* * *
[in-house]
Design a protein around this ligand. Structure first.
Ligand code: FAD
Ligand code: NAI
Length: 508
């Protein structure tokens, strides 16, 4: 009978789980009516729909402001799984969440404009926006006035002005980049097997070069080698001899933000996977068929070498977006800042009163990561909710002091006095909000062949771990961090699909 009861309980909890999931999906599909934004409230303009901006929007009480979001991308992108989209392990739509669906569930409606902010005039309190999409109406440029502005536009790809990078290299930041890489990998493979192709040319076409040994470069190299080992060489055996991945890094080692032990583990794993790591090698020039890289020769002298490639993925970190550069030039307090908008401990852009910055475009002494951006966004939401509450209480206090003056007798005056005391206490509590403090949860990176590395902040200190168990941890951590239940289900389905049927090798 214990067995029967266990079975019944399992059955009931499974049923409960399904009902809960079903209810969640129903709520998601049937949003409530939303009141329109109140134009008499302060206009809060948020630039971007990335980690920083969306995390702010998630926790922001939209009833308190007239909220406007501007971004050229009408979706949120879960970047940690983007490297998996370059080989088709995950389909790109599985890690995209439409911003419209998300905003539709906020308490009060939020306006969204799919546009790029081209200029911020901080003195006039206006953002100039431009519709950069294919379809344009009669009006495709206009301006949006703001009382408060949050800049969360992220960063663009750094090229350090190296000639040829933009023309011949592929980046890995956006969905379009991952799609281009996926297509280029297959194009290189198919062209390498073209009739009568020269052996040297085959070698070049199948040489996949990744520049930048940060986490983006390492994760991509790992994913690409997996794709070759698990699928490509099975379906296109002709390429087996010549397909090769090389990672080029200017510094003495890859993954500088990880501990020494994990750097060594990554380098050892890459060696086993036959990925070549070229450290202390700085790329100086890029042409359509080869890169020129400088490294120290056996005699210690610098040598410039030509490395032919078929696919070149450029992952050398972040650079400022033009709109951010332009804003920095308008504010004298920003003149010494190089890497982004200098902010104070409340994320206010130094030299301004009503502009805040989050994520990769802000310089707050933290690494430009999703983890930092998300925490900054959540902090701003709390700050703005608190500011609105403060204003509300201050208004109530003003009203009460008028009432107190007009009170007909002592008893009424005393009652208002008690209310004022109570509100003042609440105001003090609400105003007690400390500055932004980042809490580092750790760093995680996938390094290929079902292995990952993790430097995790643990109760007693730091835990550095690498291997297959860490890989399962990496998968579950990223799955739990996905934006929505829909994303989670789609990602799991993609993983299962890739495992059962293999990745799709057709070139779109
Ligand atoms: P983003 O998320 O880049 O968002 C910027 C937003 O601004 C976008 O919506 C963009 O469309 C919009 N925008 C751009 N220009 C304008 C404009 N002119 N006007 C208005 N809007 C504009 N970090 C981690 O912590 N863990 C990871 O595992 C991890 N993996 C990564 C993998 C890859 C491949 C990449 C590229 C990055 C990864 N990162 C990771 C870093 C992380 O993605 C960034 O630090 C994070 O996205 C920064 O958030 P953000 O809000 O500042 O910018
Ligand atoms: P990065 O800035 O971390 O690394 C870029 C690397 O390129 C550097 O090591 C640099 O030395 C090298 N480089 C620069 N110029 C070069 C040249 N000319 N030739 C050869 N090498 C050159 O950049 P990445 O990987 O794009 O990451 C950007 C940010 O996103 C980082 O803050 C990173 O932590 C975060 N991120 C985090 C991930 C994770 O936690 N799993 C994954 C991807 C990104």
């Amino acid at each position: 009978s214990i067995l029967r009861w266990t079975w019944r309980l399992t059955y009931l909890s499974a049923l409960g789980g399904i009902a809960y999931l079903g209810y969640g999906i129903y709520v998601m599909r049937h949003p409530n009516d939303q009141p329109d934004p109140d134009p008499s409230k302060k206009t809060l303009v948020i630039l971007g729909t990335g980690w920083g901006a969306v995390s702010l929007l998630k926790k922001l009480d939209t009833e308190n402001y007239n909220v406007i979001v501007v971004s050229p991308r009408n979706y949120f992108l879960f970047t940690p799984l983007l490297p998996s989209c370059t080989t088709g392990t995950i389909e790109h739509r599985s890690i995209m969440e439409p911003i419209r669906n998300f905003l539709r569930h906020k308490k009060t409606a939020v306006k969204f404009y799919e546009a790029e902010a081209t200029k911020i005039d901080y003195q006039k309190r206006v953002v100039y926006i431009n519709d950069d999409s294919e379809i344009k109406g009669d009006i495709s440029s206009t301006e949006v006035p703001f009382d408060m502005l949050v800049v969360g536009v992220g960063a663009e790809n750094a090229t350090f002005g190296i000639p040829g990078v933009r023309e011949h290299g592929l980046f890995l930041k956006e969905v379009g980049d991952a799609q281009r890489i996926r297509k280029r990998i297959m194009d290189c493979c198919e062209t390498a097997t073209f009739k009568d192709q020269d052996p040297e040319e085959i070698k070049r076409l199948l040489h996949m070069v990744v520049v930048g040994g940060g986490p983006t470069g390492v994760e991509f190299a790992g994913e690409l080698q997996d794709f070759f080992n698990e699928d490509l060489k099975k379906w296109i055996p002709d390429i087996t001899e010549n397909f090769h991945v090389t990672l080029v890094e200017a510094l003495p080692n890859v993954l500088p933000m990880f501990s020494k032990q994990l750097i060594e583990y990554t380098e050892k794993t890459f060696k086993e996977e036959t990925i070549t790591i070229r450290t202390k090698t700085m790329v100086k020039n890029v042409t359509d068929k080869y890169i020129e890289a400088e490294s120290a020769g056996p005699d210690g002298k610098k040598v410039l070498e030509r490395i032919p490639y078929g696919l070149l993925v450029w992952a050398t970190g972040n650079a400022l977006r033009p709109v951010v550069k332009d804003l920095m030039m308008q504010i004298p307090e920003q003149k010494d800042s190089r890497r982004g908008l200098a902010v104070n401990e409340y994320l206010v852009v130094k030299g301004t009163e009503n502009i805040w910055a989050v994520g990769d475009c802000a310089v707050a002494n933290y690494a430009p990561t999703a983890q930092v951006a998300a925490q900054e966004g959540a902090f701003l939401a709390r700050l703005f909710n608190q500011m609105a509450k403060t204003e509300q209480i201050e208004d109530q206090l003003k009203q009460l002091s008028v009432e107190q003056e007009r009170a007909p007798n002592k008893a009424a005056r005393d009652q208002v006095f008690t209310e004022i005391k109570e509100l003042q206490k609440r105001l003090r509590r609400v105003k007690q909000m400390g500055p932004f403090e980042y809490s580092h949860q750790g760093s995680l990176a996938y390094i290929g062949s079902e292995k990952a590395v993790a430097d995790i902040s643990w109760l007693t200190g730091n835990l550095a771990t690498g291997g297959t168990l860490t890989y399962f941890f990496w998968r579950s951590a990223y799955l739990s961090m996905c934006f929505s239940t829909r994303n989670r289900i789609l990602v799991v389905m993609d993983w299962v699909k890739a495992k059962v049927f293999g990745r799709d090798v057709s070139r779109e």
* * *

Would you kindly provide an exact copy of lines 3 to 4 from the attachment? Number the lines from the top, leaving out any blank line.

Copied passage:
Ligand code: FAD
Ligand code: NAI